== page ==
The U.S. Department of Education currently classifies students in special education into one or more disability categories. Follow the links below to get the definition and learn more about incidence, characteristics, impact on learning, teaching strategies, and assistive technologies for each disability category. A list of organizations and resources is also provided.
The foundational premise of special education, that all children with disabilities have a right to a free and appropriate public education designed to meet the unique learning and developmental needs of the student, continues to stand firm since its formal beginning in 1975. During that time, special education has served millions of students with disabilities across the nation while evolving into its current state where students are overwhelmingly served in general education classrooms along with their nondisabled peers. It is for that reason that this module was developed, for general educators and special educators alike, as an introduction to the types of students served within special education.
Within this module, you will find descriptions of the thirteen disability categories recognized by federal legislation. Each disability section provides a basic definition, general characteristics of the disability group, and the impact of the disability on learning. The sections also provide an overview to basic teaching strategies for students with specific disabilities, a list of assistive technology devices that are unique to each disability, and a list of reliable organizations that may be used as resources. The intent of this module is to provide a general overview of special education as a whole and provide resources for general educators to conduct more in-depth research for the specific students that they teach.
Read Introduction to Special Education Public Policy
- Identify categories of disabilities as identified by the US Department of Education
- Identify characteristics unique to each of the thirteen disabilities presented
- Identify the impact of a disability on the learning process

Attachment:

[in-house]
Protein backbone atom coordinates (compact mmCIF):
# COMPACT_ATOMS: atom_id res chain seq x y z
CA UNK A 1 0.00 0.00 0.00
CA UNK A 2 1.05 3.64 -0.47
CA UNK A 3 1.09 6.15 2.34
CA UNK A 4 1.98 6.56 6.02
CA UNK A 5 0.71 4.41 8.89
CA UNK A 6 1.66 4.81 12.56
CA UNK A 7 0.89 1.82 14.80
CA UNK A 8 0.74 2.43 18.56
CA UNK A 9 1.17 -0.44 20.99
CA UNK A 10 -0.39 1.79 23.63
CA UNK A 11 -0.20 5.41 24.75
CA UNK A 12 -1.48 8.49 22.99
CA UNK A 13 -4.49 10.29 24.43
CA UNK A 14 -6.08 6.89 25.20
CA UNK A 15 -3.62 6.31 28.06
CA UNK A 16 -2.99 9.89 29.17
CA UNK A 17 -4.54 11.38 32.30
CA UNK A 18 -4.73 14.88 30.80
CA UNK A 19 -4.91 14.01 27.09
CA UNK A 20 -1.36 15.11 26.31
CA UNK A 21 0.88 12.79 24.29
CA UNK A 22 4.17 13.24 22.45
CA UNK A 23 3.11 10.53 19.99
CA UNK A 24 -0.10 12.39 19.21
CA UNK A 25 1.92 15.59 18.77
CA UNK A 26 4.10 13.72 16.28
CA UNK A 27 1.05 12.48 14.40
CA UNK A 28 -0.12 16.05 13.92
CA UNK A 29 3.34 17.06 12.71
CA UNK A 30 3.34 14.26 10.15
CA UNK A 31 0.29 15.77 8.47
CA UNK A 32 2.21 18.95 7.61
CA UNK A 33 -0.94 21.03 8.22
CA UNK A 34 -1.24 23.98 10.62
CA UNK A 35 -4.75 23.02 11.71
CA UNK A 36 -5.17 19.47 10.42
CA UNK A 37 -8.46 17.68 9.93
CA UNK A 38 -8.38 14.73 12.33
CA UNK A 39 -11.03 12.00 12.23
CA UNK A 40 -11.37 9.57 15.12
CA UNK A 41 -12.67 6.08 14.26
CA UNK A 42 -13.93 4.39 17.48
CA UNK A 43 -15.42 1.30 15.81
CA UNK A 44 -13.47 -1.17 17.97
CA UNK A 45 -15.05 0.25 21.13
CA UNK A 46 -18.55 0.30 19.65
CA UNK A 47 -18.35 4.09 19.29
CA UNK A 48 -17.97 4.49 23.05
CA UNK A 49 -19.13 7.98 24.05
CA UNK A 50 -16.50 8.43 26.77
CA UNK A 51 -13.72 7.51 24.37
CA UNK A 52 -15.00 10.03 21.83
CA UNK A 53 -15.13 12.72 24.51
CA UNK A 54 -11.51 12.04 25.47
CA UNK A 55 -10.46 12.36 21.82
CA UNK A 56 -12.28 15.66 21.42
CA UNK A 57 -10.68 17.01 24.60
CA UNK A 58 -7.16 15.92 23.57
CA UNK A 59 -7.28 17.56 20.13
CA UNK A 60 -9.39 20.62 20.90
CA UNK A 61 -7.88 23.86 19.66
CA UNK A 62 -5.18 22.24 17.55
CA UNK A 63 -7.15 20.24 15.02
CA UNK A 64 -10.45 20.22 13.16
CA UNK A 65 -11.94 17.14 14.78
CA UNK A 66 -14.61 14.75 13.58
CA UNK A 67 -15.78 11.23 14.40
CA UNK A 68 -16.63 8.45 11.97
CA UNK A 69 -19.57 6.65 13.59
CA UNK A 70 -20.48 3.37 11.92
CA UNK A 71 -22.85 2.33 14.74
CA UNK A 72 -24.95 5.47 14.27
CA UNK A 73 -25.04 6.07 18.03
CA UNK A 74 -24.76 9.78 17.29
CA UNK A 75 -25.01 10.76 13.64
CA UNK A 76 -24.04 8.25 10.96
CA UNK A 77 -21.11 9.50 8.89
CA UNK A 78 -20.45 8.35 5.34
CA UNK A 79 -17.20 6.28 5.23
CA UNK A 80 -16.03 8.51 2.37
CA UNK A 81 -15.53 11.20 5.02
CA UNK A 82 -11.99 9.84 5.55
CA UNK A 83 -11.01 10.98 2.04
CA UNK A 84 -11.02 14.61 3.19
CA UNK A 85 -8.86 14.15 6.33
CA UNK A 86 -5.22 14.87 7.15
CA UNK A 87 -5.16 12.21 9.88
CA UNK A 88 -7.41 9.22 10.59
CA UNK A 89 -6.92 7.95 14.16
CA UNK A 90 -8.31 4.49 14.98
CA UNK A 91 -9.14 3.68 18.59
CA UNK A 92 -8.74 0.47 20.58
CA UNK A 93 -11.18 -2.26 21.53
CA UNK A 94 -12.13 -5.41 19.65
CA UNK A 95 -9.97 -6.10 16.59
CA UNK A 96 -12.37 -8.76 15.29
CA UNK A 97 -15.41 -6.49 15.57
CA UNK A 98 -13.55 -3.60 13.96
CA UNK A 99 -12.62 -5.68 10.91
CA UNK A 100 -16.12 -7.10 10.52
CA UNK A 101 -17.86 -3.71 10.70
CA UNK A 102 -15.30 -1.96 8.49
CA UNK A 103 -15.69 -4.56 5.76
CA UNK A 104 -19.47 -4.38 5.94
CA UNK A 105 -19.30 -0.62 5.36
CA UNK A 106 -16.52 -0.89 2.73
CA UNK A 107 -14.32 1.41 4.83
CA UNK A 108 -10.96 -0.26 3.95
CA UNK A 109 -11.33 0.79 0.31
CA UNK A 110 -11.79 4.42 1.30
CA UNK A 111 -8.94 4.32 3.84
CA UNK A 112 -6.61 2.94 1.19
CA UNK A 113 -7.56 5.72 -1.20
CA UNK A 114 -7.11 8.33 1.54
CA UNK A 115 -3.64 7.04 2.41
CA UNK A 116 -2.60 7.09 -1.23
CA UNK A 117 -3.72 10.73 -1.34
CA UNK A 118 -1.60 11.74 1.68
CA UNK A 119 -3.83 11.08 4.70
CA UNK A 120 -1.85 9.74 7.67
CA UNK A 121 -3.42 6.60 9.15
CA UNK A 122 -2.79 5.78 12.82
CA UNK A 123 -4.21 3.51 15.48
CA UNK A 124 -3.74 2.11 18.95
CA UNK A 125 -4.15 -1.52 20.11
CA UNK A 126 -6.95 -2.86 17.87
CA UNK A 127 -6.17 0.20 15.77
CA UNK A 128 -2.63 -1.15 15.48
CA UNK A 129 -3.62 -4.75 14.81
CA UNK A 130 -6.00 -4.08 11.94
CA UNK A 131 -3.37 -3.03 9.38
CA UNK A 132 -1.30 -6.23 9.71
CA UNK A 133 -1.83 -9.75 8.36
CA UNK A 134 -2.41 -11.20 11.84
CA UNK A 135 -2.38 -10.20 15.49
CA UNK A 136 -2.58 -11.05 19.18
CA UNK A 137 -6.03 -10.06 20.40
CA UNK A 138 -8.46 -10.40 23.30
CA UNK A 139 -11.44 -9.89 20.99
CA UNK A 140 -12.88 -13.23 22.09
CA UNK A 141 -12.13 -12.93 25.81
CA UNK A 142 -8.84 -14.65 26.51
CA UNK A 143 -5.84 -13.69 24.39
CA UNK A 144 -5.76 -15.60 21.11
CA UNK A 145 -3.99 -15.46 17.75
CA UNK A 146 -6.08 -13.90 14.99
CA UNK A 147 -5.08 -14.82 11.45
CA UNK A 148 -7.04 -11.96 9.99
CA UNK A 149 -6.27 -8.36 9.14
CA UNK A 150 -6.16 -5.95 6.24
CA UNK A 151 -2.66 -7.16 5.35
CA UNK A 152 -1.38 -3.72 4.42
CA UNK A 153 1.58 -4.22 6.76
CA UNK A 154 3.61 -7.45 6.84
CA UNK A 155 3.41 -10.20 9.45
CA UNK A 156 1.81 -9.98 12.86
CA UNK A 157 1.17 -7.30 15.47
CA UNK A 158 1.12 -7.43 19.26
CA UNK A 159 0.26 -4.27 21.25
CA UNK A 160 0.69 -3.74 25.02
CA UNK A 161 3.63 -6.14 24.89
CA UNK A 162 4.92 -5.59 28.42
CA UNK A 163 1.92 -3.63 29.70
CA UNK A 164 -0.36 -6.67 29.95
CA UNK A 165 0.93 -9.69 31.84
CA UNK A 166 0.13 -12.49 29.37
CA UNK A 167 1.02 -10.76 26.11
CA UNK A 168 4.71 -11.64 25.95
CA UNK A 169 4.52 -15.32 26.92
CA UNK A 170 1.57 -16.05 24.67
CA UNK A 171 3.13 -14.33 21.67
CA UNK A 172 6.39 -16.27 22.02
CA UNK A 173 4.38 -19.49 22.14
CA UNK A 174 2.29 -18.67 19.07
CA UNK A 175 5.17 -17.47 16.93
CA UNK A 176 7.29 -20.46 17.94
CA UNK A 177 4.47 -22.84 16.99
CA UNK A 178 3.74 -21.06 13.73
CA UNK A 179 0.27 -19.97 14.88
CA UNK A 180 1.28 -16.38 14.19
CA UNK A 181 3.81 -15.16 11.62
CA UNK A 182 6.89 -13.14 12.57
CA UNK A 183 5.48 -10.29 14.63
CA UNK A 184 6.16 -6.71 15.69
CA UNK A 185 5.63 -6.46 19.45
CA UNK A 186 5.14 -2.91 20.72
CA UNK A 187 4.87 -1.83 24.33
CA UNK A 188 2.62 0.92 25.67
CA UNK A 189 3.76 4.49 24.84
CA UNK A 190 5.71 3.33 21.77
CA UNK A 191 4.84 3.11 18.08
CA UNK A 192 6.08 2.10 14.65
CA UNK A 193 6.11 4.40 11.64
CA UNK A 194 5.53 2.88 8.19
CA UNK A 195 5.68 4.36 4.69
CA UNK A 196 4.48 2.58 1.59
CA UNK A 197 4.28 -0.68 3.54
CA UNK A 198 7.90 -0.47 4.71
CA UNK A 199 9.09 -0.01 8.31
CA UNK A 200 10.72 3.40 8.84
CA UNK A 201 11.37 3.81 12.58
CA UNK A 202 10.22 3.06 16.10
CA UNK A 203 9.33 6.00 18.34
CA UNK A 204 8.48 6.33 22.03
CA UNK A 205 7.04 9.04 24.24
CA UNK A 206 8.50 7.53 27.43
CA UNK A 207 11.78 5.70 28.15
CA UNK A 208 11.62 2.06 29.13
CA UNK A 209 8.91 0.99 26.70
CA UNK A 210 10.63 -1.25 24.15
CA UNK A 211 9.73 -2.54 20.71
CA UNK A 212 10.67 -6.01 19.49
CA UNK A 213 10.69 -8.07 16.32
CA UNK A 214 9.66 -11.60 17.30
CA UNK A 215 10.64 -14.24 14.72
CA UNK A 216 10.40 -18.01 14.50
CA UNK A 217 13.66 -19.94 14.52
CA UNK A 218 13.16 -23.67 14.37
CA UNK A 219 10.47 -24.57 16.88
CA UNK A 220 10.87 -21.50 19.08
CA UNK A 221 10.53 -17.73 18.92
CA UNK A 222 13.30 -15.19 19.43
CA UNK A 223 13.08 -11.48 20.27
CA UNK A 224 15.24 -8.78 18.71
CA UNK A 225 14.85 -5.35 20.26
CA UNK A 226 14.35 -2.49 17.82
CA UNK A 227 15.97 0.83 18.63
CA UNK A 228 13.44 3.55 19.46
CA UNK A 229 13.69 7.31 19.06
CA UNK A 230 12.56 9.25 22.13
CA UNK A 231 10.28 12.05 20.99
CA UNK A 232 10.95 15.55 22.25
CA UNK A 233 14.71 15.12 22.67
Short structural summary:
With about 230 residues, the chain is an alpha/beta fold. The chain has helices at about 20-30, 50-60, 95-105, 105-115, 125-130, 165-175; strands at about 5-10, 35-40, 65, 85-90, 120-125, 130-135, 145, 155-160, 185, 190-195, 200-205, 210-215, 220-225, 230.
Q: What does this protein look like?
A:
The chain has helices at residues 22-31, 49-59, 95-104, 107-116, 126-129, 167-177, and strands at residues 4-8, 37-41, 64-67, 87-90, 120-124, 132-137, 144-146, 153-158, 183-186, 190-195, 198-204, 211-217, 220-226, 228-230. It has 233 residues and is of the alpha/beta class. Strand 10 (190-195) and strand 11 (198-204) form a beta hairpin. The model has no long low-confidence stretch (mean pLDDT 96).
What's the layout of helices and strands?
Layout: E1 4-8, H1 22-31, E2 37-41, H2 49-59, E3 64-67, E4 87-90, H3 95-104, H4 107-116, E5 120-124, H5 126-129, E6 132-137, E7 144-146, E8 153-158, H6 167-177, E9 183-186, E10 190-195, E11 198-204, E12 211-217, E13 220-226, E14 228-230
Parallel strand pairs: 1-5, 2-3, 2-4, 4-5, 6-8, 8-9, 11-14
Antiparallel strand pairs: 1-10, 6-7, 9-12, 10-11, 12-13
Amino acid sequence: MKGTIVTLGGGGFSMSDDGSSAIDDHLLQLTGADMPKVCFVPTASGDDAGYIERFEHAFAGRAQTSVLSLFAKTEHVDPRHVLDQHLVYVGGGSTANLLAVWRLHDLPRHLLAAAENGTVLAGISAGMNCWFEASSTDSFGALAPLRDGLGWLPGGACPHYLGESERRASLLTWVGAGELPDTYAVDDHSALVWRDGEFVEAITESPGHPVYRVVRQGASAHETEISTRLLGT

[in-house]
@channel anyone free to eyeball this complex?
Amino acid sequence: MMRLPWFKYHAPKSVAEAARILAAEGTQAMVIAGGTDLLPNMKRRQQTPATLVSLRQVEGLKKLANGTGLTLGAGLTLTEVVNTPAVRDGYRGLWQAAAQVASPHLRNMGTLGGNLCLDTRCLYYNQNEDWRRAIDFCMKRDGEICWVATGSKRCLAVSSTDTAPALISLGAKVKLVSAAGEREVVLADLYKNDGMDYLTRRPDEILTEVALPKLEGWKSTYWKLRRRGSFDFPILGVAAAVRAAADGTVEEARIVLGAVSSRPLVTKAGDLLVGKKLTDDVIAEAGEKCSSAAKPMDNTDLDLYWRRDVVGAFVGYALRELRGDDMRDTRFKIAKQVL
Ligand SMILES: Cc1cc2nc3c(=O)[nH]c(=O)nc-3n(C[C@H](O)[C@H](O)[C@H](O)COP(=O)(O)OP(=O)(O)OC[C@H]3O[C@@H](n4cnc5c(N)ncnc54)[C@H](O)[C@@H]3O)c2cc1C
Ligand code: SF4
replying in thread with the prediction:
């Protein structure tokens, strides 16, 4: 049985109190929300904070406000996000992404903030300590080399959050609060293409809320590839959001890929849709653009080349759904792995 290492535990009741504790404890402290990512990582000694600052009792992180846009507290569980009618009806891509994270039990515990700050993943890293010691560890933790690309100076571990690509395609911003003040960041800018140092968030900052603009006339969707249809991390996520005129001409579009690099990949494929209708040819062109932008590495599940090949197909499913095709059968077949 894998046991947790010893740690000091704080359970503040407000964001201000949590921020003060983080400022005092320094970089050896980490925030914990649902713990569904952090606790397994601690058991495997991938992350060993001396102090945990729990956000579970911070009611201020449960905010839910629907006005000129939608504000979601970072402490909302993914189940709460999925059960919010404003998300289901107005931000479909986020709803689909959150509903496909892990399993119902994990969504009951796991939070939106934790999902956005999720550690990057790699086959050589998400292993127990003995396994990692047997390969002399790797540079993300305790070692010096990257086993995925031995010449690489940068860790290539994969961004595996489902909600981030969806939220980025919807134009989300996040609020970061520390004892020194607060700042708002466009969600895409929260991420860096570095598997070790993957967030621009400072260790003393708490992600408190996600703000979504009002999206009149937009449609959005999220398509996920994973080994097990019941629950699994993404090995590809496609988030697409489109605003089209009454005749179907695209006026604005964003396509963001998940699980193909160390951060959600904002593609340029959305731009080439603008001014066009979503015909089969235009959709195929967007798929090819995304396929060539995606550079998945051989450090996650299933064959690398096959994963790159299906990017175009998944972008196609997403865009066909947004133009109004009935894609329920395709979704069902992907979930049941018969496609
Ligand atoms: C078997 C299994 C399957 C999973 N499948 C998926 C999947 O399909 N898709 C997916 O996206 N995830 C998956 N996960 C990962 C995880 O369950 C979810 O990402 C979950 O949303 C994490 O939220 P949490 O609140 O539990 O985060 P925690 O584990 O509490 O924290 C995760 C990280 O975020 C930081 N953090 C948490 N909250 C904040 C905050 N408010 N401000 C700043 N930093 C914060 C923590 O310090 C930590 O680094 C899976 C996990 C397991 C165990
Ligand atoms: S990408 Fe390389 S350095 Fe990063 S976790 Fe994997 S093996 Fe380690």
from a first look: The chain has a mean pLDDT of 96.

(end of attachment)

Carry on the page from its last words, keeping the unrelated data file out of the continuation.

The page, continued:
- Describe basic teaching strategies for each category of disability as identified by the US Department of Education
- Identify and describe the possible forms of assistive technology that may be appropriate for each disability category
- Develop possible interventions and/or modifications that can be used to efficiently integrate students with these disabilities into the general education setting
- Investigate various resources to help general educators understand and accommodate students with disabilities
- Utilize services and resources provided by various disability-specific organizations
- Generalize information to case studies by making recommendations for students with special needs
Accommodations and Modifications for Classroom Teachers
Learn about Accommodations and Modifications for Classroom Teachers
Specific Learning Disabilities
Specific learning disabilities can be defined by a disorder in one or more of the basic psychological processes involved in understanding or using language spoken or written.
Intellectual disabilities are not an inherent trait of any individual, but instead are characterized by a combination of deficits in both cognitive functioning and adaptive behavior.
As the term suggests, this disability category encompasses a variety of conditions that may impact a student's ability to learn and achieve success in an academic setting.
The Individuals with Disabilities Education Improvement Act of 2004, formerly the Education of the Handicapped Act (P.L. 94-142), includes "hearing impairment" and "deafness" as two of the categories under which children with disabilities may be eligible for special education and related service programming.
Orthopedic impairment is defined as a severe orthopedic impairment that adversely affects a child's educational performance.
Autism is a developmental disability that can have a significant impact on a student's communication skills, social interactions, and academic performance.
Traumatic Brain Injury
Traumatic brain injury (TBI) under federal law means an acquired injury to the brain caused by an external physical force, resulting in total or partial functional disability or psychosocial impairment, or both, that adversely affects the student's educational performance.
Deaf-blindness under federal law means concomitant hearing and visual impairments, the combination of which causes such severe communication and other developmental and educational needs that they cannot be accommodated in special education programs solely for children with deafness or children with blindness.
Non-Categorical and Developmental Delay
"Developmental Delay" is the term that that IDEA uses for children aged three through nine years who have delays in physical, cognitive, communicative, social emotional, and/or adaptive development, and who, because of these delays, require special education. Texas has named this category "Non-Categorical Early Childhood".
Of these classifications, the two largest are specific learning disabilities (47.4%) and speech or language impairments (18.7%). Note also that there is not a specific category for students diagnosed with attention deficit/hyperactivity disorder; these students are grouped into the general category of other health impairment.